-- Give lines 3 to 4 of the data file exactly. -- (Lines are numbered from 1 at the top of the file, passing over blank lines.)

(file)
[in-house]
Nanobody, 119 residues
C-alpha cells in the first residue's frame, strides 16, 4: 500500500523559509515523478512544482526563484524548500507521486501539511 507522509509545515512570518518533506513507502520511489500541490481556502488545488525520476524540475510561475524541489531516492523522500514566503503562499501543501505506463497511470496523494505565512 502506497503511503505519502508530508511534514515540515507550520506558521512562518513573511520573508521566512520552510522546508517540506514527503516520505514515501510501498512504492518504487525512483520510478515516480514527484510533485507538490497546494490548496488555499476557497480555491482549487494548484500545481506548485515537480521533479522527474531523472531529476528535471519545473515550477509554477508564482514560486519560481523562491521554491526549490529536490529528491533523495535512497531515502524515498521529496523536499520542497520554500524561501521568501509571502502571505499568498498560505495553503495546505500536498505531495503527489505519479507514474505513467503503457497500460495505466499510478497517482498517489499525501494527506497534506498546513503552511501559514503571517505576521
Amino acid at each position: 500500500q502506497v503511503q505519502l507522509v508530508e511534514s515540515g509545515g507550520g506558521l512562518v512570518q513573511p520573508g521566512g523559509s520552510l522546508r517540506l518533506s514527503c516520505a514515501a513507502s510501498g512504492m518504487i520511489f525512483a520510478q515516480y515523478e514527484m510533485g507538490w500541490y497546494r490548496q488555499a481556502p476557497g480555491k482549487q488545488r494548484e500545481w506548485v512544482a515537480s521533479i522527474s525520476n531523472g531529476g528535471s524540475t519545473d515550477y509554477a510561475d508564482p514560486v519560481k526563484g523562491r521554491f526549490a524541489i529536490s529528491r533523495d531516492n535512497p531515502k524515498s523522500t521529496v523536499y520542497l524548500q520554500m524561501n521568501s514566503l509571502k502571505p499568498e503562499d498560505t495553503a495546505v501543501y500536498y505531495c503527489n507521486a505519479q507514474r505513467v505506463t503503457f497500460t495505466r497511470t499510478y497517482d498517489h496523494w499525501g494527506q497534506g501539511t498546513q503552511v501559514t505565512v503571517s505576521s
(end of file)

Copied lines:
C-alpha cells in the first residue's frame, strides 16, 4: 500500500523559509515523478512544482526563484524548500507521486501539511 507522509509545515512570518518533506513507502520511489500541490481556502488545488525520476524540475510561475524541489531516492523522500514566503503562499501543501505506463497511470496523494505565512 502506497503511503505519502508530508511534514515540515507550520506558521512562518513573511520573508521566512520552510522546508517540506514527503516520505514515501510501498512504492518504487525512483520510478515516480514527484510533485507538490497546494490548496488555499476557497480555491482549487494548484500545481506548485515537480521533479522527474531523472531529476528535471519545473515550477509554477508564482514560486519560481523562491521554491526549490529536490529528491533523495535512497531515502524515498521529496523536499520542497520554500524561501521568501509571502502571505499568498498560505495553503495546505500536498505531495503527489505519479507514474505513467503503457497500460495505466499510478497517482498517489499525501494527506497534506498546513503552511501559514503571517505576521
Amino acid at each position: 500500500q502506497v503511503q505519502l507522509v508530508e511534514s515540515g509545515g507550520g506558521l512562518v512570518q513573511p520573508g521566512g523559509s520552510l522546508r517540506l518533506s514527503c516520505a514515501a513507502s510501498g512504492m518504487i520511489f525512483a520510478q515516480y515523478e514527484m510533485g507538490w500541490y497546494r490548496q488555499a481556502p476557497g480555491k482549487q488545488r494548484e500545481w506548485v512544482a515537480s521533479i522527474s525520476n531523472g531529476g528535471s524540475t519545473d515550477y509554477a510561475d508564482p514560486v519560481k526563484g523562491r521554491f526549490a524541489i529536490s529528491r533523495d531516492n535512497p531515502k524515498s523522500t521529496v523536499y520542497l524548500q520554500m524561501n521568501s514566503l509571502k502571505p499568498e503562499d498560505t495553503a495546505v501543501y500536498y505531495c503527489n507521486a505519479q507514474r505513467v505506463t503503457f497500460t495505466r497511470t499510478y497517482d498517489h496523494w499525501g494527506q497534506g501539511t498546513q503552511v501559514t505565512v503571517s505576521s